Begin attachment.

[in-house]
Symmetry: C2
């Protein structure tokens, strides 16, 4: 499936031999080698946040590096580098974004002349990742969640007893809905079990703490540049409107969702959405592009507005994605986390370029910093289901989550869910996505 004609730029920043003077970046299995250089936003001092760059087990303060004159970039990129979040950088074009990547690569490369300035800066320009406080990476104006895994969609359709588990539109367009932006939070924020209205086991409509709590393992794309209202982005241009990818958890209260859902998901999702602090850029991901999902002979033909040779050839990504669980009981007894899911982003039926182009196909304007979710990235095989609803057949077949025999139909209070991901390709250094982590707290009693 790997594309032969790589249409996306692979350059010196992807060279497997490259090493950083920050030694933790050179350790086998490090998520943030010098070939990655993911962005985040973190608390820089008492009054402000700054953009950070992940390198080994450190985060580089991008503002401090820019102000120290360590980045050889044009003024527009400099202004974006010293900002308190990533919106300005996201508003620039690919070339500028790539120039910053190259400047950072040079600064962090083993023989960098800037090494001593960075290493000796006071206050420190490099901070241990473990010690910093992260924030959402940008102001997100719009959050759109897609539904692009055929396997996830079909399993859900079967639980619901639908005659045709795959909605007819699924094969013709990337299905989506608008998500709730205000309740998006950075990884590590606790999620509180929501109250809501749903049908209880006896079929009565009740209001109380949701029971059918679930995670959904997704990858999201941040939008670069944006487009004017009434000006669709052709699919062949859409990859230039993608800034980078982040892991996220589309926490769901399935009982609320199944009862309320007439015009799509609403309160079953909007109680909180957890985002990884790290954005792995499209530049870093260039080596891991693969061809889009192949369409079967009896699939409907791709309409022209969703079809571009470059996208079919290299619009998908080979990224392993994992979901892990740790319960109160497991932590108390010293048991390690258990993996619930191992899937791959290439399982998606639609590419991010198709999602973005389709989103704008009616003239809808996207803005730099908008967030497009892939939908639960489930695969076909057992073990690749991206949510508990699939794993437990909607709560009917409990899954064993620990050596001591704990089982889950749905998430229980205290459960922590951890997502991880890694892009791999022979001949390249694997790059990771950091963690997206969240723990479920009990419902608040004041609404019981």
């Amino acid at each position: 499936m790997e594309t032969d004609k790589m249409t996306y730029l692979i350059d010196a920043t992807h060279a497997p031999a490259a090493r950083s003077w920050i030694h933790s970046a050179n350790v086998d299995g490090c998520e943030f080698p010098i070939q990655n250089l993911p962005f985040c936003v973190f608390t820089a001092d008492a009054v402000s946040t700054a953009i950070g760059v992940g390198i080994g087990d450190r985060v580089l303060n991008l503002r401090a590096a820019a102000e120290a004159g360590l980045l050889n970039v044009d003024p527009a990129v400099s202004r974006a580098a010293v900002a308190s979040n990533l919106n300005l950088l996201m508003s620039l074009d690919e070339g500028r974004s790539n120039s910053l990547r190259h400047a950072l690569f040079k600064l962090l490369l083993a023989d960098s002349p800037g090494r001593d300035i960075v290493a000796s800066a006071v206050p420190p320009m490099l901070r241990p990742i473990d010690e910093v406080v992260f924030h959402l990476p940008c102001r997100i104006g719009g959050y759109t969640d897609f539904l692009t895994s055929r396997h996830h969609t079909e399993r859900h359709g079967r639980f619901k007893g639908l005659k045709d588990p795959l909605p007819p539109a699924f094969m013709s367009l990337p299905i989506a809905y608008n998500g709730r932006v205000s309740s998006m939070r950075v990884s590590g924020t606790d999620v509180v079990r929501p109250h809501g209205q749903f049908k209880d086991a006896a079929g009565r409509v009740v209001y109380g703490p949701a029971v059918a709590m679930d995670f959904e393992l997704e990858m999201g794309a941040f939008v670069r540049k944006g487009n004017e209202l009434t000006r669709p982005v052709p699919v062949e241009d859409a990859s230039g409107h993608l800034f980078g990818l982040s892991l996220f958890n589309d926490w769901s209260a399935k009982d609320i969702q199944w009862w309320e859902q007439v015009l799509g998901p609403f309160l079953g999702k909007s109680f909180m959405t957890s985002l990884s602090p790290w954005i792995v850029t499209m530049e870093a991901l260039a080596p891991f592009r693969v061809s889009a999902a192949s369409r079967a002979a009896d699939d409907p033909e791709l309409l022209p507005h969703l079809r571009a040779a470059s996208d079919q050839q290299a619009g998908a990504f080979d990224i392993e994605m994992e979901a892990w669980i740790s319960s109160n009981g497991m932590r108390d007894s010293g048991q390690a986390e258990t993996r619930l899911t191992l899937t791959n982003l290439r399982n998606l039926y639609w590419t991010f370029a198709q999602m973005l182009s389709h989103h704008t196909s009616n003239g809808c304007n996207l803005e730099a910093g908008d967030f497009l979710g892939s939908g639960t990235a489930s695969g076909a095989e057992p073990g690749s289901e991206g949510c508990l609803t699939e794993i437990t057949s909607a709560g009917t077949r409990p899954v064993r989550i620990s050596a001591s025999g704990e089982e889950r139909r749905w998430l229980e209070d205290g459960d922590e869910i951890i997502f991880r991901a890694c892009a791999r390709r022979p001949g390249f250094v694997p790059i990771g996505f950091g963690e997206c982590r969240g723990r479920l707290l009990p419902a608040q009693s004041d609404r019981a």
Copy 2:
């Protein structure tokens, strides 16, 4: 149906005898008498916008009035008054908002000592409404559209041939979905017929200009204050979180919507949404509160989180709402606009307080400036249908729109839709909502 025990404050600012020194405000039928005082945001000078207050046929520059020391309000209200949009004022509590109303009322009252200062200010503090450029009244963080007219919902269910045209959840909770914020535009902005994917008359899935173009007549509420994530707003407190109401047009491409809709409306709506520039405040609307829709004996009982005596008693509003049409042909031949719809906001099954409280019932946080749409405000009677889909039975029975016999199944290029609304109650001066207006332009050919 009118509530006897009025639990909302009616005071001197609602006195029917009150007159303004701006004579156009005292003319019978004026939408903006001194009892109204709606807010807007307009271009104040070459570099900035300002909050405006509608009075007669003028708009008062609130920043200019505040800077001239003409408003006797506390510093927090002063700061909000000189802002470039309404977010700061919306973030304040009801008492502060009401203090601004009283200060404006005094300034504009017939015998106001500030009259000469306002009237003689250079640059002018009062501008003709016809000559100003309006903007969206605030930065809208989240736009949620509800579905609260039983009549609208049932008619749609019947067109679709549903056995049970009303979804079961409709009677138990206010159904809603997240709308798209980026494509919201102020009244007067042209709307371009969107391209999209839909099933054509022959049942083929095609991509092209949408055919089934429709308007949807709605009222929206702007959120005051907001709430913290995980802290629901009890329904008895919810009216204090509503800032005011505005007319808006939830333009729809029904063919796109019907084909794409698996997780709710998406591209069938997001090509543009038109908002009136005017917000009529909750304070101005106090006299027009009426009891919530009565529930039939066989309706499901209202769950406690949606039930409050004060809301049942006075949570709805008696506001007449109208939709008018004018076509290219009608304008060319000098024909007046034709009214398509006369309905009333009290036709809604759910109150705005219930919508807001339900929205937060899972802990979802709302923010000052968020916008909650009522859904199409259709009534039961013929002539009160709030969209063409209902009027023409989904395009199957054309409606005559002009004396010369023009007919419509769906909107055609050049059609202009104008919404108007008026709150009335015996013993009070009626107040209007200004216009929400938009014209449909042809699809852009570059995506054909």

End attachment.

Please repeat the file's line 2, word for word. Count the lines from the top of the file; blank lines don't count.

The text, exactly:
Symmetry: C2